Wednesday, June 3, 2015

Fadzlishah Johanabas

Today theSun published my interview with Fadzlishah Johanabas who has produced an anthology of short stories titled Faith and The Machine, published by Simptomatik Press. Here is the full interview 

Headline: Between  Faith & Hope 
By Bissme S

A Neurosurgeon by profession, Fadzlishah Johanabas is also an active short story writer.To date, the Kuala
Lumpur native has published 25 short stories both locally and internationally.His latest release is an  anthology of 14 of his stories. The 227-page Faith and the Machine, published by Simptomatik Press, is now available in bookstores.The 34-year-old spoke exclusively to theSun about his writings, passion and challenges he faces as a writer in Malaysia.

*Tell us more about your anthology, Faith and the Machine?

“As [most of my works are published] internationally, I wanted to have an anthology published locally so that it is accessible to Malaysian readers. International readers say my stories represent Malaysia and I just want Malaysians to know how my stories represent them.
“My stories are about faith and one ‘machine’ that moves us when everything else fails – Hope. Not all of you will love my stories and for those who do, you may or may not love all of the stories in this book. But if you do fall in love, even with one story, then I have succeeded in reaching across the time-space continuum to touch your heart. And for that, I thank you.”

*Why did you want to be a fiction writer?

“Dreams are our subconscious trying to make sense of our experiences, and I am just among the lucky ones to convert my dreams into stories. I write stories to make sense of the world around me. I write stories that I want to read. It’s a selfish undertaking, really.”

* Where do you get your inspirations?

“Sometimes stories [grow from] a single opening line. Sometimes, a character appears in my head. Sometimes, a scene appears. I don’t turn them into stories immediately. I let them incubate in my mind, and when a situation or a complete story arc comes to me, I turn these fragments into a story.I don’t write often. Sometimes,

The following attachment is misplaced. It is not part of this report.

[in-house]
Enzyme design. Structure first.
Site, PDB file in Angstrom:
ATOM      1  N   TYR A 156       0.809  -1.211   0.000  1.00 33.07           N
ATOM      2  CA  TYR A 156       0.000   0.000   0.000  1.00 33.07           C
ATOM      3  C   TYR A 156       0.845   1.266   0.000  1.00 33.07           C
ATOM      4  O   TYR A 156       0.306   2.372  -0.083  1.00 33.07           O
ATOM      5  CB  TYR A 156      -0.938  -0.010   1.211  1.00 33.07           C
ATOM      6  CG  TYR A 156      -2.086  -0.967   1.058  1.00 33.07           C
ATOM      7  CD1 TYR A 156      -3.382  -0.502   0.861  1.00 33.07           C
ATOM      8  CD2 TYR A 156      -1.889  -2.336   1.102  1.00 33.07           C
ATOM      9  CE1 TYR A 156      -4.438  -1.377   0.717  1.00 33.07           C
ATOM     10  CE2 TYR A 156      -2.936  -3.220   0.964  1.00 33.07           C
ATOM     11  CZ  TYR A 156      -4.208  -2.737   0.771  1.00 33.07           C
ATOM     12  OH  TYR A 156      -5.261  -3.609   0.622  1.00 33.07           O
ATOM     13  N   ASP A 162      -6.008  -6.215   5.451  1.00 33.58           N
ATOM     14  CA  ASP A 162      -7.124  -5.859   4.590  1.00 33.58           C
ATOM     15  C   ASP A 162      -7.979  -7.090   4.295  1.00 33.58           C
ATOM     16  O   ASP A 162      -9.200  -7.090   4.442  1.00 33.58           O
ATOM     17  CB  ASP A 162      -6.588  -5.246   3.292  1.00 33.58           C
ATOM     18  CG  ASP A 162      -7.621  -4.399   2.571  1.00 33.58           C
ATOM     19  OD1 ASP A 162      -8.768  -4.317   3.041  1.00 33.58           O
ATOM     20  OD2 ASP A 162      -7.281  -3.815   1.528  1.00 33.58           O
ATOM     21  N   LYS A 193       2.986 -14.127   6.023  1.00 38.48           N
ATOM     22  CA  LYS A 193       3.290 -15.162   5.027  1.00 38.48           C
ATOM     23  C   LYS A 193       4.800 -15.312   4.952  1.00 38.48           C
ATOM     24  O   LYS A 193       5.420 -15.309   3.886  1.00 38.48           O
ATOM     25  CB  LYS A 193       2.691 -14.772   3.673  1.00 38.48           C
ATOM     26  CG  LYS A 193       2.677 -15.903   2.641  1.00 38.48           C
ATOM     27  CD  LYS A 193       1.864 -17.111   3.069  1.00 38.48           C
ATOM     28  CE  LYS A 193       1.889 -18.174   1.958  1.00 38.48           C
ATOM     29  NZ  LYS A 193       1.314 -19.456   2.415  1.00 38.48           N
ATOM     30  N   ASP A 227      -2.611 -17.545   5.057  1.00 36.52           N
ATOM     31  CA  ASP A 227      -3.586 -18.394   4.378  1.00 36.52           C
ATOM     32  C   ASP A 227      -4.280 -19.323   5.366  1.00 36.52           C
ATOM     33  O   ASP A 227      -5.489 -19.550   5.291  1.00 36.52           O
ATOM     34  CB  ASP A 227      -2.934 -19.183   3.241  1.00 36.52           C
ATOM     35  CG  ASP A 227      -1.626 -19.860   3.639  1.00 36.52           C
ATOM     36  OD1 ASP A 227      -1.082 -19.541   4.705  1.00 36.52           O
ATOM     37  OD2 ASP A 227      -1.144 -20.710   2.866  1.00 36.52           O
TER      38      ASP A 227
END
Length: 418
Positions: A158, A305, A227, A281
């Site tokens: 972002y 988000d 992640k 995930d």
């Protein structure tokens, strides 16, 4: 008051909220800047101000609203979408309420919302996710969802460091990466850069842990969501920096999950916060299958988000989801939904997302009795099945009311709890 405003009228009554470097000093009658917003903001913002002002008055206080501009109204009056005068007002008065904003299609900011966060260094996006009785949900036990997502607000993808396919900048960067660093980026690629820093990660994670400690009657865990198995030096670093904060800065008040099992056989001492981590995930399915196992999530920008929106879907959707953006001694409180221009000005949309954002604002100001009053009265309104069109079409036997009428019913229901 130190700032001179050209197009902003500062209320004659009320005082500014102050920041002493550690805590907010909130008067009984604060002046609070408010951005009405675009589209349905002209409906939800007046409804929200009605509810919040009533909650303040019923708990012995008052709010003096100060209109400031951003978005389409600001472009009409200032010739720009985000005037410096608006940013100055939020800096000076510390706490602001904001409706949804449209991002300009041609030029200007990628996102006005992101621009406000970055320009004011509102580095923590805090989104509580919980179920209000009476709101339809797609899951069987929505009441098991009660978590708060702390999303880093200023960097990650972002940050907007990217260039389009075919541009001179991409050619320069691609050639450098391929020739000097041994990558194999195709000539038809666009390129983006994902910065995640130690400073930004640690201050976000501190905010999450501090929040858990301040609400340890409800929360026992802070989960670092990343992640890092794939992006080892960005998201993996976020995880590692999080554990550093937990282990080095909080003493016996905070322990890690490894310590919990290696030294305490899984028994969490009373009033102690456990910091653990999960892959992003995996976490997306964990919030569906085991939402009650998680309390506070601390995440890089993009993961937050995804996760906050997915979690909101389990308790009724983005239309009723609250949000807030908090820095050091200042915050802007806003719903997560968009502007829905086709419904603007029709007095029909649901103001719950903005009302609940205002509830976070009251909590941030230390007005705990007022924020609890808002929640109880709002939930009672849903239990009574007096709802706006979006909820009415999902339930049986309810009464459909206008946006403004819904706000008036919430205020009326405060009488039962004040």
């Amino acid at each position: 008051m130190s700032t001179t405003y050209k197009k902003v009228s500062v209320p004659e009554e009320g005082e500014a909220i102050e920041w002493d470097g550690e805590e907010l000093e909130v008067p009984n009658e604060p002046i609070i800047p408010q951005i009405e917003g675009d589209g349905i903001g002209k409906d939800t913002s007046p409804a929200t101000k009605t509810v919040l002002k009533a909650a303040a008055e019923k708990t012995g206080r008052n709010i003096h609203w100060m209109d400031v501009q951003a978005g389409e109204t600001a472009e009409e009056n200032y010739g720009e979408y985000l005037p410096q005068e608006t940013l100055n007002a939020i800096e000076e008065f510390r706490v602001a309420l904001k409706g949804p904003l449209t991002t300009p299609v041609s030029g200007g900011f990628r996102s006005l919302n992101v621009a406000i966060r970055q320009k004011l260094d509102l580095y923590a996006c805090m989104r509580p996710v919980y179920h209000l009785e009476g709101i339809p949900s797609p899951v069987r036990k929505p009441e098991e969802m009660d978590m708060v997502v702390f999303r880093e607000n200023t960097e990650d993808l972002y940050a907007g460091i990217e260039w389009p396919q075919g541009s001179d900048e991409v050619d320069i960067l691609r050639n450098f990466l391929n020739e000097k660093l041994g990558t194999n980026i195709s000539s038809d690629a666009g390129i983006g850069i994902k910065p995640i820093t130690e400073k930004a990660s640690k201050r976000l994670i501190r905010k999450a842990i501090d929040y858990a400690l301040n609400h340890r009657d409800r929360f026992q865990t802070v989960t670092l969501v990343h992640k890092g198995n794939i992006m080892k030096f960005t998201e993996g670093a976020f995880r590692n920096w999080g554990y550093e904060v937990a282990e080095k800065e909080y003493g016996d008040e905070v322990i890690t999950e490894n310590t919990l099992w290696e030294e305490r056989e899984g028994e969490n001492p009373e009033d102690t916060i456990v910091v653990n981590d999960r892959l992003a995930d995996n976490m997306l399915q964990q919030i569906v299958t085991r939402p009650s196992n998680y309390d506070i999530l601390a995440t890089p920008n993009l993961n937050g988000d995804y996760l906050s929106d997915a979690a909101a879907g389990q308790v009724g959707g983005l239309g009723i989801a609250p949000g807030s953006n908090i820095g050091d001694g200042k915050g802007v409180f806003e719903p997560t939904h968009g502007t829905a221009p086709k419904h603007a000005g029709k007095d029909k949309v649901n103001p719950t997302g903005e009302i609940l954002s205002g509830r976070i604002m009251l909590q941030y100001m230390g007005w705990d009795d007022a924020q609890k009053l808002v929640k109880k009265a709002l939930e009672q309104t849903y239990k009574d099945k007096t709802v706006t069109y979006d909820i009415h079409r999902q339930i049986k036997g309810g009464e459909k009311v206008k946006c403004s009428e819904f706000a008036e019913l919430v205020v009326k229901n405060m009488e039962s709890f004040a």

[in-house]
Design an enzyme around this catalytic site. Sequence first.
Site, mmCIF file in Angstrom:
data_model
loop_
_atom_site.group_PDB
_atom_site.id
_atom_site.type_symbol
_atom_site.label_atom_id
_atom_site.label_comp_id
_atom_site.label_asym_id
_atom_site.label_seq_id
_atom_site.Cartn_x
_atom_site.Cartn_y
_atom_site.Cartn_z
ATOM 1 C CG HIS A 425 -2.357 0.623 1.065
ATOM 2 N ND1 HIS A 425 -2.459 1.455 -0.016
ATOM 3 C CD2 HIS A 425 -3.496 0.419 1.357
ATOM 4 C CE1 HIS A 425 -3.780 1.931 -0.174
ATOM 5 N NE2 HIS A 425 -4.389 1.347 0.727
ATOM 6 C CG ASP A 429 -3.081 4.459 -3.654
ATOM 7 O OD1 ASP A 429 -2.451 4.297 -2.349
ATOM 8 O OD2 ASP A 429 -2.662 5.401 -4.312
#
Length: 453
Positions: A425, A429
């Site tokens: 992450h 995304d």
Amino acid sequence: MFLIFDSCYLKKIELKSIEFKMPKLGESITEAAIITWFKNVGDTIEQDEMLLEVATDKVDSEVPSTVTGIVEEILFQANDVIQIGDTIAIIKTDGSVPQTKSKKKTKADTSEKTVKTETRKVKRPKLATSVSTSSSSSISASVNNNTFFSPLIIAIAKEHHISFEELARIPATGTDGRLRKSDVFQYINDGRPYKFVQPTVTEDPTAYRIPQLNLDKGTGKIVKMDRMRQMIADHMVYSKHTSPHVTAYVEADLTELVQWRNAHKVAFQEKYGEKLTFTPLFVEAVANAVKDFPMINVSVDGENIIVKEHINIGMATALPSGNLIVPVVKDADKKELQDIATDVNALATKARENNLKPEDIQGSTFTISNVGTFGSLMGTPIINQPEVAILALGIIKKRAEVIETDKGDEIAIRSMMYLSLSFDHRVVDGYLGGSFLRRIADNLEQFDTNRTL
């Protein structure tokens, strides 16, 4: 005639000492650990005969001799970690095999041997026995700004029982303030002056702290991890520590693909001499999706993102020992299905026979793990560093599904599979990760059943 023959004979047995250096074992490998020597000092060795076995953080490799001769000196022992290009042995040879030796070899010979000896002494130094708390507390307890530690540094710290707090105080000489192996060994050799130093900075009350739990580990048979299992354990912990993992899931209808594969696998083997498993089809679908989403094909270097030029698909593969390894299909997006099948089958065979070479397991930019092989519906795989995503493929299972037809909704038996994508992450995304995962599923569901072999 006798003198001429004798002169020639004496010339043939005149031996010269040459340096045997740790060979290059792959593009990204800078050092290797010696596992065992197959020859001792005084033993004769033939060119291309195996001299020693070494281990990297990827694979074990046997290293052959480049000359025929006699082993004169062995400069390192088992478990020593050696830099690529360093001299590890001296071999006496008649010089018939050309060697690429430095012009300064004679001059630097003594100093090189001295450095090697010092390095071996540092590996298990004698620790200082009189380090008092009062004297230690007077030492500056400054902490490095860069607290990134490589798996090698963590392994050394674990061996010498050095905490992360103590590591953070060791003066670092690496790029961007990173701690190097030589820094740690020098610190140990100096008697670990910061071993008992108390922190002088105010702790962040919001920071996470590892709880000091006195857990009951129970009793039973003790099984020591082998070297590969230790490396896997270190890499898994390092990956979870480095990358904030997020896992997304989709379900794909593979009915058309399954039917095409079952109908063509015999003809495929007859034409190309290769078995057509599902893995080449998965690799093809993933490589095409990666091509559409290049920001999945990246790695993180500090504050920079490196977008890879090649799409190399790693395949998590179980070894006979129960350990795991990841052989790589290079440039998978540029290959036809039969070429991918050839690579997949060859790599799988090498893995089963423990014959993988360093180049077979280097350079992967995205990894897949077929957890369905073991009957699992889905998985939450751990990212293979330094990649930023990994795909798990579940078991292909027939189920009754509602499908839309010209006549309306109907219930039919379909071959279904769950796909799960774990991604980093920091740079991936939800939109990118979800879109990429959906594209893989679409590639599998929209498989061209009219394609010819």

the interval between stories takes months; sometimes, years even. That means, these stories have time to grow in my head.”

*Between medicine and writing, which is your No.1 love?

“I used to think that they were exclusive. I had to concentrate on one at a time. That didn’t happen. Sometimes, I write flash fictions in-between my surgeries. When I write stories, more often than not, I insert some medical elements in them. Dealing with death and desolation almost on a daily basis, I have learned to channel these strong emotions and shape them in stories. A Long Sigh Goodnight is a good example. I have learned to accept that both are major facets of my life, and I love being a surgeon as much as I love being a writer.”

*What is the greatest challenge you faced as a Malaysian fiction writer?

“For an English writer, finding outlets to publish my stories locally was the No.1 wall I had to circumvent. It is a good thing we have [the internet] as I am able to submit my stories anywhere in the world. 
Another major problem is that Malaysian readers expect Manglish from local writers; I might be generalising too much here, but I believe that using Manglish restricts my readership when I want the entire world to have access to my stories.”

*Tell us about your next work?

“It is about the depth of a friendship between two boys, where one of them is dying while the other is only learning to live. It’s currently in the submission process, so let us pray that I will get good news.”

* Is there a message you want to impart to your readers?

“I needed for the world to make sense.I needed to have a deeper connection with my faith. I needed to know that the world [can] be a better place. I abhor didactic fiction, so I avoid that.If a reader’s perspective reflects mine, then it’s a bonus for me and for that, I thank the reader.”

the writer in the arms of his loving family 

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